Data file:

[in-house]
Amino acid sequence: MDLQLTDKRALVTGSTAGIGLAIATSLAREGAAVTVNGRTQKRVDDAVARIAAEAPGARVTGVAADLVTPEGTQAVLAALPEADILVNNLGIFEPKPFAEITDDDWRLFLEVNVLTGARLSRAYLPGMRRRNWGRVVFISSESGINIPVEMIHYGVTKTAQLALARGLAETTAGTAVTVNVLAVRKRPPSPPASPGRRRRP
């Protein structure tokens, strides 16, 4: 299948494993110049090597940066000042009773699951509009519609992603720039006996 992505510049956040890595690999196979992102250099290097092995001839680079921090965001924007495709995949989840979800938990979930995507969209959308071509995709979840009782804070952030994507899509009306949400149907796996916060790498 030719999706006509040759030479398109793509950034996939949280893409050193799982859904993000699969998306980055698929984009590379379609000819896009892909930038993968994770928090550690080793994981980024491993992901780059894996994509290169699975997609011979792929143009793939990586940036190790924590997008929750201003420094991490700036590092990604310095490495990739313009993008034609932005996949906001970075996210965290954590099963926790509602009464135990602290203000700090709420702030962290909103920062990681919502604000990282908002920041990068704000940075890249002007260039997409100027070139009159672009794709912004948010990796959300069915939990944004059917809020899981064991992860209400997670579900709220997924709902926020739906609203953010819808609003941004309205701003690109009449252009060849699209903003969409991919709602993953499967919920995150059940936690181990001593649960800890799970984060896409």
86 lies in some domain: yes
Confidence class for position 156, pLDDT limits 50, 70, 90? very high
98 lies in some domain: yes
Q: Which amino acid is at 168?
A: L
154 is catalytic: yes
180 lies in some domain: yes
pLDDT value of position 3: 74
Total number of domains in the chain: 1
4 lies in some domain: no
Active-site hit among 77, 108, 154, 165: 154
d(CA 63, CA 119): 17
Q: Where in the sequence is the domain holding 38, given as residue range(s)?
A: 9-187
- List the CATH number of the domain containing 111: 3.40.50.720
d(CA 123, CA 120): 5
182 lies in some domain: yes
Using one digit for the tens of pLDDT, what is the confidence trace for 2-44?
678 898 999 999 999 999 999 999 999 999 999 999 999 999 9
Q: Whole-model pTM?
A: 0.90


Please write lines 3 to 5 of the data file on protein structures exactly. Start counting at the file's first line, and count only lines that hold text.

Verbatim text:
């Protein structure tokens, strides 16, 4: 299948494993110049090597940066000042009773699951509009519609992603720039006996 992505510049956040890595690999196979992102250099290097092995001839680079921090965001924007495709995949989840979800938990979930995507969209959308071509995709979840009782804070952030994507899509009306949400149907796996916060790498 030719999706006509040759030479398109793509950034996939949280893409050193799982859904993000699969998306980055698929984009590379379609000819896009892909930038993968994770928090550690080793994981980024491993992901780059894996994509290169699975997609011979792929143009793939990586940036190790924590997008929750201003420094991490700036590092990604310095490495990739313009993008034609932005996949906001970075996210965290954590099963926790509602009464135990602290203000700090709420702030962290909103920062990681919502604000990282908002920041990068704000940075890249002007260039997409100027070139009159672009794709912004948010990796959300069915939990944004059917809020899981064991992860209400997670579900709220997924709902926020739906609203953010819808609003941004309205701003690109009449252009060849699209903003969409991919709602993953499967919920995150059940936690181990001593649960800890799970984060896409």
86 lies in some domain: yes
Confidence class for position 156, pLDDT limits 50, 70, 90? very high